The Fly as Dog

Adam Resurrected
Running time 106 minutes
Written by Noah Stollman
Directed by Paul Schrader
Starring Jeff Goldblum, Willem Dafoe

Paul Schrader’s Adam Resurrected, from a screenplay by Noah Stollman, based on the 1968 novel by Yoram Kaniuk, deals with an absurdist fictional sidelight of the Nazi Holocaust that was once rumored to be a project for the late Orson Welles. The book itself has continued to be controversial during the 40 years since it was published. The narrative deals with Adam Stein, a Berlin nightclub performer in the ’30s who is sent to a concentration camp, where he is ordered by a whimsically sadistic camp commandant to “perform” permanently as a dog except in those periods when he is required to play a violin as his co-religionists, including his own family, are marched off to the gas chambers. Later, when he is liberated by the victorious Soviet Army, he relocates in Israel, where he is moved into an experimental insane asylum in the Negev desert. There he serves as a destabilizing influence on the other inmates as he enjoys the sexual favors of an attractive nurse.

One day in the asylum, Adam discovers a room in which a young boy is confined because he has been conditioned in the camps from early childhood to believe that he is a dog. Adam’s heart goes out to the creature, who mirrors his own ordeal at the hands of the Nazi commandant 15 years before. In Adam’s recurrently manic swings between lucidity and lunacy, his experiences pose the question of how a human being can remain sane in an insane world, and rational in an irrationally absurdist situation.

I have not read the novel on which the film is based, and so I have no way of knowing how faithful to the book is the movie’s intricate flashback structure, which keeps alternating between the camp, the asylum, the ’60s civilian life of Tel Aviv, the ’30s world of Berlin, back and forth, until Adam is left in a state of terminal despair despite his having “cured” a fellow human being of Adam’s own dehumanizing delusion.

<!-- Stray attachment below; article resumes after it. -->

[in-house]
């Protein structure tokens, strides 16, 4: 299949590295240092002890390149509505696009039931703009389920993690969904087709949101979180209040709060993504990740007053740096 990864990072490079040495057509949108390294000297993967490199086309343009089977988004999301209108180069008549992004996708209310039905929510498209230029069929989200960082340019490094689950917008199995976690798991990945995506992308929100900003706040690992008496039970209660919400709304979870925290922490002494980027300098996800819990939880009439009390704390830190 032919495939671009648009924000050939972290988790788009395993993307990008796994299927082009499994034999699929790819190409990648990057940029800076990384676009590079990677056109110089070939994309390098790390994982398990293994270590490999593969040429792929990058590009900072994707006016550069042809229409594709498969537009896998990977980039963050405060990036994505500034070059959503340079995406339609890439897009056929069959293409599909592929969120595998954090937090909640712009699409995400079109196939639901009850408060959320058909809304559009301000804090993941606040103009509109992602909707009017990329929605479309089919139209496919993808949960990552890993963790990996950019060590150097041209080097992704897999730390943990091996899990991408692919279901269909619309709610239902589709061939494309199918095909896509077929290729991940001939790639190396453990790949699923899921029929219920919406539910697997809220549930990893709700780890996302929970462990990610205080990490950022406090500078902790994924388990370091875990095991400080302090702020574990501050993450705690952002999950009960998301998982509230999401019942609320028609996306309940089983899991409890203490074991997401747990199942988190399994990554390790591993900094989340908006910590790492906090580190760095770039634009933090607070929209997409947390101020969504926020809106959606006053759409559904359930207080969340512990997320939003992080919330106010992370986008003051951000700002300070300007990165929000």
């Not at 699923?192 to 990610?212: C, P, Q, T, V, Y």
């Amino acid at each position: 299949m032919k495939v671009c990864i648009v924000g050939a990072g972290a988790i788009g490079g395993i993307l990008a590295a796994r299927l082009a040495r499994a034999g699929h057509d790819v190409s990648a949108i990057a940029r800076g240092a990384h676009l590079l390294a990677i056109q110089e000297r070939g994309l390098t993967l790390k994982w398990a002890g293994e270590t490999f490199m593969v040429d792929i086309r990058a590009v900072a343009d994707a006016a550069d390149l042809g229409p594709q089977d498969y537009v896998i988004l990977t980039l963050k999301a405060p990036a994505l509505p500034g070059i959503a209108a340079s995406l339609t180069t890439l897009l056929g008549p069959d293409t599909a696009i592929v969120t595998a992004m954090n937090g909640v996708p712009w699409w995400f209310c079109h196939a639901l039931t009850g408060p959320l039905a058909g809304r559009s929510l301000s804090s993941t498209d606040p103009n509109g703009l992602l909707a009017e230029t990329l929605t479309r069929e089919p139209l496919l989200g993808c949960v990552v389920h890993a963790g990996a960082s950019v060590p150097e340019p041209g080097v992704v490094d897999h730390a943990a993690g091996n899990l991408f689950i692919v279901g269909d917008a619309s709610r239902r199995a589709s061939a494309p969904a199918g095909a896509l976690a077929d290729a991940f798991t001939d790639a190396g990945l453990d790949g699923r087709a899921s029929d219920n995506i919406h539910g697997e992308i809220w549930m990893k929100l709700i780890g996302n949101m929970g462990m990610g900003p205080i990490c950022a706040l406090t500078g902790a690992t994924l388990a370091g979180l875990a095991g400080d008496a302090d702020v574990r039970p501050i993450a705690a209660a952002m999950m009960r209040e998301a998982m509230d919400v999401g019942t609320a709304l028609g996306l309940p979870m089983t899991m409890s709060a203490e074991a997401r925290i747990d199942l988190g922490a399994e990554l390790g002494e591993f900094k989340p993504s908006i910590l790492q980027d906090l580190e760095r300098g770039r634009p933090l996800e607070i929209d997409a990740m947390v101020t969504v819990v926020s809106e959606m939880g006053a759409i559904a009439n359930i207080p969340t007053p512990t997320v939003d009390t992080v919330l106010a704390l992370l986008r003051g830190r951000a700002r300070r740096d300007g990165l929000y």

As Mr. Stollman, the film’s screenwriter, describes his approach to adapting the novel to the screen. “It’s an amazing, masterful work that is rich, dense and written in a complete stream of consciousness, jumping back and forth in time without any transitional structure. So I had to find a way to translate that to the screen. For me, Adam was the anchor. Through Adam the audience is able to move back and forth in time to see how his past has informed his approach to the present in so many ways.”

Elaborating on his modus operandi, Mr. Stollman continues: “As I was writing I also thought a lot about a quote from Emerson that appears in the book, ‘man is a God in ruins.’ The idea that man has the potential to be divine, yet with an overriding instinct for depravity, is a very Kaniuk-esque idea and one that helped me to get a grasp on Adam’s character.”

Even so, it took two years for Mr. Stollman and the producer, Ehud Bleiberg, to come up with a workable script. After several other directors, most notably Werner Herzog, passed on the touchy project, Paul Schrader accepted the directorial invitation without any hesitation. For the role of Adam, the casting of Jeff Goldblum was a no-brainer for Mr. Schrader: “Casting is destiny,” the director declared. “I thought Jeff was born to play this role, and he lived up to all my expectations. The role is the culmination of everything he’s done in his career and all he has learned as an actor to this point.”

Mr. Schrader’s second casting coup was Willem Dafoe in the role of the commandant, an officer named Klein, who first appears as a potentially suicidal audience member at Adam’s Berlin cabaret act. Mr. Schrader had already directed Mr. Dafoe in The Walker, Auto Focus and Affliction. The Adam-Klein synergy constitutes the dominant dramatic relationship in the film, because of the Goldblum-Dafoe high-voltage acting electricity.

Among the other leading participants in Adam Resurrected are British theater luminary Derek Jacobi’s Dr. Nathan Gross, head of the fictional psychiatric institute, and Israeli beauty Ayelet Zurer’s Gina Grey, the aggressively complaisant nurse for Adam’s every carnal need.

On one occasion, the nurse goes so far as to get down on all fours and bark like a dog to help Adam cure his neurosis. If I have made the movie seem a bit insane, I must admit that I have only scratched the surface of its massive strangeness. Still, I can tentatively recommend it if only because there has never been anything like it in the history of cinema as far as I can remember.

The Fly as Dog